Phase transformations associated with SME in Ni-Ti alloys can be one-stage, B19I ↔B2, two-stage including an intermediate R-phase stage, or multiple-stage depending on the thermal and/or mechanical history of the alloy. In a recent report, it has been highlighted the effect of (i) deformation by cold-rolling (from 10% to 40% thickness reduction) and (ii) final annealing on the transformation characteristics of a Ti-rich NiTi shape memory alloy. For this purpose, one set of samples initially heat treated at 500 °C followed by cold-rolling (10–40% thickness reduction) has been further heat treated at various temperatures between 400 and 800 °C. Phase transformations were studied using differential scanning calorimetry, electrical resistivity measurements and in situ X-ray diffraction. A specific pattern of transformation sequences is found as a result of combination of the competing effects due to mechanical-working and annealing [18].

Fig. 3 (a & b) show the Differential Scanning Calorimeter (DSC) and Electrical Resistivity (ER) curves for (i) as-received (AR), (ii) annealed at 500°C (HT500) and (iii) annealed at 500 °C/cold-rolled to 30%/annealed at 500°C (TMTCR30HT500) samples. For the AR sample,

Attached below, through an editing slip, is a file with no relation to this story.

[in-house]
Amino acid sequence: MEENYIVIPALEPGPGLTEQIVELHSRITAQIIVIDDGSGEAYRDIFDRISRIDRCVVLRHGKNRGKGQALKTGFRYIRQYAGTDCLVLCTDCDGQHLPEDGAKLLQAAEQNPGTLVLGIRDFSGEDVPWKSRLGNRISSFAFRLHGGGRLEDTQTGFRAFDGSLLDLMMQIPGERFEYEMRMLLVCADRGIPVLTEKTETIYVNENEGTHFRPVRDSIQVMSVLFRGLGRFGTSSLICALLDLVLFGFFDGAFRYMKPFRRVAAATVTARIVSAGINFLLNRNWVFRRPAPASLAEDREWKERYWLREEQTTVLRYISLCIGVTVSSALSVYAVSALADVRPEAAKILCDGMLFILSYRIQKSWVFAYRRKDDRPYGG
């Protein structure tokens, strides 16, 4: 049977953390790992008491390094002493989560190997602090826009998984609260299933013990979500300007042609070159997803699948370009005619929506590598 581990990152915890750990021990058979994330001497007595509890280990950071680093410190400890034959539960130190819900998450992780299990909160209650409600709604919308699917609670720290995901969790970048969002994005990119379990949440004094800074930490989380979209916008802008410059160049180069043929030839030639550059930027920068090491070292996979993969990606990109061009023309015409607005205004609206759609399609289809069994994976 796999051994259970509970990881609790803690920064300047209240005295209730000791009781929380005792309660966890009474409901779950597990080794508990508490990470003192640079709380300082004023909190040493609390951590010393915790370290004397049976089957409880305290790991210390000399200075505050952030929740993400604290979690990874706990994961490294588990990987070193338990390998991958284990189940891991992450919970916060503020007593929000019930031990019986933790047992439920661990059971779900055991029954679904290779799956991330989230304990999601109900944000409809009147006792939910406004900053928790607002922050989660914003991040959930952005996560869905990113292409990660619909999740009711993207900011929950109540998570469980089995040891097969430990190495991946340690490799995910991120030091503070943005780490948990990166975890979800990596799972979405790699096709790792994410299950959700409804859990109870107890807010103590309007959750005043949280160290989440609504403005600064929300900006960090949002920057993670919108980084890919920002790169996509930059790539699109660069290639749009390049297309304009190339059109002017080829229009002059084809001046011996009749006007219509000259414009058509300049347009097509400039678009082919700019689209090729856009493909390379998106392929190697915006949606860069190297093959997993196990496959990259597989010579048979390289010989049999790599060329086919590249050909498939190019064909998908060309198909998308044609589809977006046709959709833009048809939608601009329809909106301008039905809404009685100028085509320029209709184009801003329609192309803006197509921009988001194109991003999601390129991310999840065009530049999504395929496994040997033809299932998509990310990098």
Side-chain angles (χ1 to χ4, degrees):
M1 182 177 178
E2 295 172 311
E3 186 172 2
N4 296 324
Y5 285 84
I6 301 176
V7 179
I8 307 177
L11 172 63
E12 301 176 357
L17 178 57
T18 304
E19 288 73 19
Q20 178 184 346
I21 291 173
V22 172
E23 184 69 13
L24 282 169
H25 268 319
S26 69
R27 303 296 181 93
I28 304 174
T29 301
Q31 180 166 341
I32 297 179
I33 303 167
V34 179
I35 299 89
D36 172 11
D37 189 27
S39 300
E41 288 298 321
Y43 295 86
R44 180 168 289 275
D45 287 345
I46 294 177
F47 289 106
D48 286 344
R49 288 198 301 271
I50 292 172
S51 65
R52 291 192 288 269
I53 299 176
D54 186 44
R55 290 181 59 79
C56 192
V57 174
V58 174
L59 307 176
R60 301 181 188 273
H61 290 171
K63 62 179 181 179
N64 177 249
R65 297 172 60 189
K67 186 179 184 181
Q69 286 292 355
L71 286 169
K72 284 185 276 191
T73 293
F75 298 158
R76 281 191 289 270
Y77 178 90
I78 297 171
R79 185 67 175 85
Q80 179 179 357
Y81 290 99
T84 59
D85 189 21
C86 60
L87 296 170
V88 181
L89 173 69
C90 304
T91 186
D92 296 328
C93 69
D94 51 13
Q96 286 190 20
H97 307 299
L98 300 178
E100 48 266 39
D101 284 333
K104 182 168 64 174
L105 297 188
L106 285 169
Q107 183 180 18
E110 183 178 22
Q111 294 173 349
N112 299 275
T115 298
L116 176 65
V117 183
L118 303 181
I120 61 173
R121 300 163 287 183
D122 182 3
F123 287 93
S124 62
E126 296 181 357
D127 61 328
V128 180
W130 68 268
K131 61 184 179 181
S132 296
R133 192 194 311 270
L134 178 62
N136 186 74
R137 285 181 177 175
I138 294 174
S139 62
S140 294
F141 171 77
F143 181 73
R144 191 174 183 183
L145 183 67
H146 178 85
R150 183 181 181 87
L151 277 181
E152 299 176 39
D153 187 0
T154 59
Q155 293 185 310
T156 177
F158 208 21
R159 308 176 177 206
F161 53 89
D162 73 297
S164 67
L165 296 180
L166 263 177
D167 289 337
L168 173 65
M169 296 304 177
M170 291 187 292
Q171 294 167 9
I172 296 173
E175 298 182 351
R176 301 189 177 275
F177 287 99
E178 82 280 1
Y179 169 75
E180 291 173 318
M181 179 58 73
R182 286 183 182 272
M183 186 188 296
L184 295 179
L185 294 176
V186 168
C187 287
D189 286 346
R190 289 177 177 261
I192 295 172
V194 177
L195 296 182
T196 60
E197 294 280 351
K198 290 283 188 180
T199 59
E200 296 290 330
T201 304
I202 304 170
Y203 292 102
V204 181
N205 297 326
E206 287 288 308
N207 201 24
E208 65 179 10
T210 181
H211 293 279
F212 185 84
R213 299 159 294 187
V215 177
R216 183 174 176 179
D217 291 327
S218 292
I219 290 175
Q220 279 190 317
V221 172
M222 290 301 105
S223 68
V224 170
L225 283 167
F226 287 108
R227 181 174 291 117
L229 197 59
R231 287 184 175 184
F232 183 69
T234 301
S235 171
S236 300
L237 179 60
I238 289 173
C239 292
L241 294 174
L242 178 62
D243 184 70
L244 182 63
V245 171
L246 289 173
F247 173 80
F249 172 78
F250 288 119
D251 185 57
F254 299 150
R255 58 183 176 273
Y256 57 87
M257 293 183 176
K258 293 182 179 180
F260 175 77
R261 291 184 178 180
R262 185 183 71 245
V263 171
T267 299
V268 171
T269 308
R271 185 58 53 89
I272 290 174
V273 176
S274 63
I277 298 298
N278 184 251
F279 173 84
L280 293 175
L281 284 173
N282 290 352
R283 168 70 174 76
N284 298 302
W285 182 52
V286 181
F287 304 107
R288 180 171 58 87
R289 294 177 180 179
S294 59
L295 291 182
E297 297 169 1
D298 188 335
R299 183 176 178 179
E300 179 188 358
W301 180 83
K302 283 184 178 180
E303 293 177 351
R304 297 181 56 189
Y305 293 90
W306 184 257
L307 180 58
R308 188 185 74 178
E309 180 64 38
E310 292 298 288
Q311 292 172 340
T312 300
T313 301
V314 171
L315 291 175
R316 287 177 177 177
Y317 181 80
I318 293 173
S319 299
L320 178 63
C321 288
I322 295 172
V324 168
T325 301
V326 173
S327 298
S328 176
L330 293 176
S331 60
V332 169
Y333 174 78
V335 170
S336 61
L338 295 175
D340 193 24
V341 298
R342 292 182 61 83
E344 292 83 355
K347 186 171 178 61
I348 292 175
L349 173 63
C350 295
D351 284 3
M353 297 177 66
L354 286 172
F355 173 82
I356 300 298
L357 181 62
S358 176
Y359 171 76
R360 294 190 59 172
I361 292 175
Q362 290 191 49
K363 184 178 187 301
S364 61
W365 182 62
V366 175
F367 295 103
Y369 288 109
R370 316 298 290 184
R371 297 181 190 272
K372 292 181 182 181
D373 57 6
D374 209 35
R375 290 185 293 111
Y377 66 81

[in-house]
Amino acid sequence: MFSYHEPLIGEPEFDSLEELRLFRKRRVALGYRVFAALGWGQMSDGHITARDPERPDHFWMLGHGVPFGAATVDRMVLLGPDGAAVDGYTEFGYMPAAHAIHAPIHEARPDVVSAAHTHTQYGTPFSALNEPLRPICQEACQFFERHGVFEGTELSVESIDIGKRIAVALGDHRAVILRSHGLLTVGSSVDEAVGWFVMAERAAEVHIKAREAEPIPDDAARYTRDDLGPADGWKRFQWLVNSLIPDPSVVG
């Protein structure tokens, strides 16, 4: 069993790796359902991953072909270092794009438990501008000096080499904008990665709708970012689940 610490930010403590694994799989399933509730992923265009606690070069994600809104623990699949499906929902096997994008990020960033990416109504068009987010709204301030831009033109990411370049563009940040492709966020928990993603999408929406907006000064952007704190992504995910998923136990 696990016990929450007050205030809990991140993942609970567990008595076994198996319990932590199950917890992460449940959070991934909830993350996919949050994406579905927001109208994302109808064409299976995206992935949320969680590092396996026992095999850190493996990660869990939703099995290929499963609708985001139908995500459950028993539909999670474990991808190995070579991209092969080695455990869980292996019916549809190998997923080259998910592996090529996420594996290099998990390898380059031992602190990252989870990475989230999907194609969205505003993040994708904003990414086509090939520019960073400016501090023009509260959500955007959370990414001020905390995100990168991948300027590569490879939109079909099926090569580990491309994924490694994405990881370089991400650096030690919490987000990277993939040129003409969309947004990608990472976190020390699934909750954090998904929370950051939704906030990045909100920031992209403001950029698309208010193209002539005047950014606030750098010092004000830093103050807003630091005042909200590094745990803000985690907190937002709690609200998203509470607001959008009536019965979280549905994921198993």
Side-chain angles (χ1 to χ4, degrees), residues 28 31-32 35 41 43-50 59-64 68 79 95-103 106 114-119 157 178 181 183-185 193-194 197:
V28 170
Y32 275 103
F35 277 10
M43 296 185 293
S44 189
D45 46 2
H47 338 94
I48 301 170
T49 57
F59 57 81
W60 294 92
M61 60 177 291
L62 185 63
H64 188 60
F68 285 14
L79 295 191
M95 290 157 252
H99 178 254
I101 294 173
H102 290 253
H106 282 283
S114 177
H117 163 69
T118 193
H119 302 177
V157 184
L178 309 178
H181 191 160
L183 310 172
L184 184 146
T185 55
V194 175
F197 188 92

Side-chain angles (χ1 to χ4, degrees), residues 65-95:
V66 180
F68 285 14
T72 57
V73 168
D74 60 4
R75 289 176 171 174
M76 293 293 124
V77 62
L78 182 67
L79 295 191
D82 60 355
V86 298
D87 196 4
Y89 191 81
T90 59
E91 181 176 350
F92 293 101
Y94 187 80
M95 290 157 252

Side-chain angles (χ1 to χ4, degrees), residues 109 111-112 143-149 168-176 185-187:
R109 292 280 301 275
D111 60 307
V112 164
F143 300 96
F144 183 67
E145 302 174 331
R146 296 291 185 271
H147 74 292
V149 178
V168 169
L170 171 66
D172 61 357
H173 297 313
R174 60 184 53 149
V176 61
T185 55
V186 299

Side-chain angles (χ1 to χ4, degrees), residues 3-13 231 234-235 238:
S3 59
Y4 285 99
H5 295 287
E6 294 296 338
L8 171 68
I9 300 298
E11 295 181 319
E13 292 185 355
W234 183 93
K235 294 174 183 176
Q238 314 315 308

Figure 3.

a) DSC and (b) ER curves for AR, HT500 and TMTCR30HT500 samples

both in the case of DSC & ER techniques, multiple-step (B2↔R, B2↔B19’, R↔B19’, while heating and cooling) phase transformations are observed. For the HT500 sample, in both techniques, during heating and cooling, one-step (B19’↔B2) phase transformation is found to be present. Further, in the case of TMTCR30HT500 sample, one-step (B19’↔B2) phase transformation is detected. During heating (for AR samples), a small kink in the DSC and a small hump in ER plots around 60 °C show the presence of R-phase associated to multiple-step, (B19’↔R, B19’↔B2, R↔B2), phase transformation.

The effects of various heat treatment temperatures (HTT) on samples after being cold-rolled to different extents (10 to 40% thickness reduction) are presented in Fig. 4. All the samples were annealed at 500 °C before cold-rolling. Figs. 4 (a to d) show the transformation temperatures (Af, As, Rfh, Rsh, Rsc, Rfc, Ms and Mf, obtained from DSC thermograms) as a function of HTT, for the samples annealed after being cold worked up to 10%, 20%, 30% and 40%, respectively. “A”, “R” and “M” are the austenite, rhombohedral, and martensite phases; suffixes “s” and “f” are the start (1%) and finish (99%) transformation temperatures; and “c” and “h” refer to cooling and heating, respectively.